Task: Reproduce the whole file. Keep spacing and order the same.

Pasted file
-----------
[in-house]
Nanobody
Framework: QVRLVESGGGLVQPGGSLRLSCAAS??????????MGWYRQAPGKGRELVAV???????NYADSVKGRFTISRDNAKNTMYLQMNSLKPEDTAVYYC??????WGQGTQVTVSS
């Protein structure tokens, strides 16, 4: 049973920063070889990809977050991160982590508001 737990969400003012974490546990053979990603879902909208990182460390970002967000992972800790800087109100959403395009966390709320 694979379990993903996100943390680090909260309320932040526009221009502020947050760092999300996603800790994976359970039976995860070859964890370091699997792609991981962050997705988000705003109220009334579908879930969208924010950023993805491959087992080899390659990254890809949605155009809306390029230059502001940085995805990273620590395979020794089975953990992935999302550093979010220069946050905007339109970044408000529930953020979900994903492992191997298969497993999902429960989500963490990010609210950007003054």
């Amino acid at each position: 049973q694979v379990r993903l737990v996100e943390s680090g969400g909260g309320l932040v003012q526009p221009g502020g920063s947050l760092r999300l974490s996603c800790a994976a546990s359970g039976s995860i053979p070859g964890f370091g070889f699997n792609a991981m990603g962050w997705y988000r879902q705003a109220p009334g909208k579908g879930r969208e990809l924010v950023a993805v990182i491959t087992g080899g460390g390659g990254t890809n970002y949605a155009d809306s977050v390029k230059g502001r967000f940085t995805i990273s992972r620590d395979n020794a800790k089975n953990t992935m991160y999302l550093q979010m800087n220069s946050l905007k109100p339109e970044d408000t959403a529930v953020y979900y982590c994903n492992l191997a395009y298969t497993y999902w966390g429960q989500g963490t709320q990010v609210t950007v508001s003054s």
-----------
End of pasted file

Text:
[in-house]
Nanobody
Framework: QVRLVESGGGLVQPGGSLRLSCAAS??????????MGWYRQAPGKGRELVAV???????NYADSVKGRFTISRDNAKNTMYLQMNSLKPEDTAVYYC??????WGQGTQVTVSS
């Protein structure tokens, strides 16, 4: 049973920063070889990809977050991160982590508001 737990969400003012974490546990053979990603879902909208990182460390970002967000992972800790800087109100959403395009966390709320 694979379990993903996100943390680090909260309320932040526009221009502020947050760092999300996603800790994976359970039976995860070859964890370091699997792609991981962050997705988000705003109220009334579908879930969208924010950023993805491959087992080899390659990254890809949605155009809306390029230059502001940085995805990273620590395979020794089975953990992935999302550093979010220069946050905007339109970044408000529930953020979900994903492992191997298969497993999902429960989500963490990010609210950007003054």
């Amino acid at each position: 049973q694979v379990r993903l737990v996100e943390s680090g969400g909260g309320l932040v003012q526009p221009g502020g920063s947050l760092r999300l974490s996603c800790a994976a546990s359970g039976s995860i053979p070859g964890f370091g070889f699997n792609a991981m990603g962050w997705y988000r879902q705003a109220p009334g909208k579908g879930r969208e990809l924010v950023a993805v990182i491959t087992g080899g460390g390659g990254t890809n970002y949605a155009d809306s977050v390029k230059g502001r967000f940085t995805i990273s992972r620590d395979n020794a800790k089975n953990t992935m991160y999302l550093q979010m800087n220069s946050l905007k109100p339109e970044d408000t959403a529930v953020y979900y982590c994903n492992l191997a395009y298969t497993y999902w966390g429960q989500g963490t709320q990010v609210t950007v508001s003054s």